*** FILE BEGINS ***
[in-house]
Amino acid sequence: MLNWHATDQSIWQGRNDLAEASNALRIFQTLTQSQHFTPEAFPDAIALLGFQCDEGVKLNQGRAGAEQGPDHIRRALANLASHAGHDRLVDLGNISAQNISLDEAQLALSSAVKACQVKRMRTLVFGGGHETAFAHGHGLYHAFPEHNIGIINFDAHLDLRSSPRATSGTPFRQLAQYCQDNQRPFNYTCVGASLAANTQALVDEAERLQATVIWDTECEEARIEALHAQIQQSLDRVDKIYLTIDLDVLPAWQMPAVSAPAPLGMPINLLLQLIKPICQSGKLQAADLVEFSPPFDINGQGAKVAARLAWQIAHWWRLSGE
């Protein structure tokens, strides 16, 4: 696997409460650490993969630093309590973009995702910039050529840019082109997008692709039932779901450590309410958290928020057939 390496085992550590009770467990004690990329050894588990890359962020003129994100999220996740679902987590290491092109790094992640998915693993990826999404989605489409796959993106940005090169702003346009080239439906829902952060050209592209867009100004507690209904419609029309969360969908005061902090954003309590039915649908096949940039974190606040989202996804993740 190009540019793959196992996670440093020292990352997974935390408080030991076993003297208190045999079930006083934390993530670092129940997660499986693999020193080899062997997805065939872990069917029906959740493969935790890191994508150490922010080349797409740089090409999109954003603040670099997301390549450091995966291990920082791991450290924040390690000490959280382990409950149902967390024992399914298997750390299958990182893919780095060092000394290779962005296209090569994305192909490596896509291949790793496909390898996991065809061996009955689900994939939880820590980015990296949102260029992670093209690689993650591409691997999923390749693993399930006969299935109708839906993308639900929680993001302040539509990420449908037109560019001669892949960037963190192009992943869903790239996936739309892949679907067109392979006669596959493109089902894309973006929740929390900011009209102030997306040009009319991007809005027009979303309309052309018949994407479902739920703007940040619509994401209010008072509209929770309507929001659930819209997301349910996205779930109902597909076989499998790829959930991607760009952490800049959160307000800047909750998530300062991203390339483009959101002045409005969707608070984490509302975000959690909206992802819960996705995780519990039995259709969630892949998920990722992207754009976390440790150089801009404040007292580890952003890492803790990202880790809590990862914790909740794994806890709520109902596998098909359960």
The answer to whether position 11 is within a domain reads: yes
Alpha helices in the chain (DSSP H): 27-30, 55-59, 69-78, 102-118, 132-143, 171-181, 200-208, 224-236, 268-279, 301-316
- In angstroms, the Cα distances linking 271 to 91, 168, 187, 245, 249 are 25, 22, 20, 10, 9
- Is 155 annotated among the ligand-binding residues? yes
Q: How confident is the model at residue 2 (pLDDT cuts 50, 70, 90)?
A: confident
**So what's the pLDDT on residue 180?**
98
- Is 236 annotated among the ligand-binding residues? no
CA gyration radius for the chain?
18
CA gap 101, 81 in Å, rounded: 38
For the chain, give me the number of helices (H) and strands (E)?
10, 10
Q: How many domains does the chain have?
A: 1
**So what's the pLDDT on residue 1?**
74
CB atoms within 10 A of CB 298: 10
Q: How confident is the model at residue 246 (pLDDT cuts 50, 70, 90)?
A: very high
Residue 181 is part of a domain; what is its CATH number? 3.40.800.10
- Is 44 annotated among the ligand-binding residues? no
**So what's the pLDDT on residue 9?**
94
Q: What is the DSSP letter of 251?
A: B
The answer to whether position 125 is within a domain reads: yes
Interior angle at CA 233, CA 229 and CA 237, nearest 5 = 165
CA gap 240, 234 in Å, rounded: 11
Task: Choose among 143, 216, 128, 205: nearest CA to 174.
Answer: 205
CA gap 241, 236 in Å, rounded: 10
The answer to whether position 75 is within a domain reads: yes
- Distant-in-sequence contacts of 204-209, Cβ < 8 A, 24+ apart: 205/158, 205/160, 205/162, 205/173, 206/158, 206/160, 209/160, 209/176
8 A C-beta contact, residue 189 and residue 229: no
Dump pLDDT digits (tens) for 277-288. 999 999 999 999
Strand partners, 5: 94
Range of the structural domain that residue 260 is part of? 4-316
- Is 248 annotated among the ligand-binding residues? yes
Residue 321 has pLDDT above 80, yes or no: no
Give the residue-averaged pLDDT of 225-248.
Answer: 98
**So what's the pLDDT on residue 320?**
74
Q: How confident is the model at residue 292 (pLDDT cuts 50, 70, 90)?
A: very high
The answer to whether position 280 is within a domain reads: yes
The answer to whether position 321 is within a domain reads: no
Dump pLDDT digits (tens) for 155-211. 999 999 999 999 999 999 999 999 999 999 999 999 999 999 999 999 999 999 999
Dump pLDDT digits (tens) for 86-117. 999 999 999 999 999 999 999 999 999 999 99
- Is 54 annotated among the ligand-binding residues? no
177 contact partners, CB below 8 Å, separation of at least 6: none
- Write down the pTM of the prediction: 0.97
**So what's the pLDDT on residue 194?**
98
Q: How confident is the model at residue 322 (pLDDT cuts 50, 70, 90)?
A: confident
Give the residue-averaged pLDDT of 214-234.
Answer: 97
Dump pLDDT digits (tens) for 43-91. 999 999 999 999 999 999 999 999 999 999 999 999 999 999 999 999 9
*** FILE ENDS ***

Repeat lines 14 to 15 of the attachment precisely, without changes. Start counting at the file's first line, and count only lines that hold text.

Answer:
18
CA gap 101, 81 in Å, rounded: 38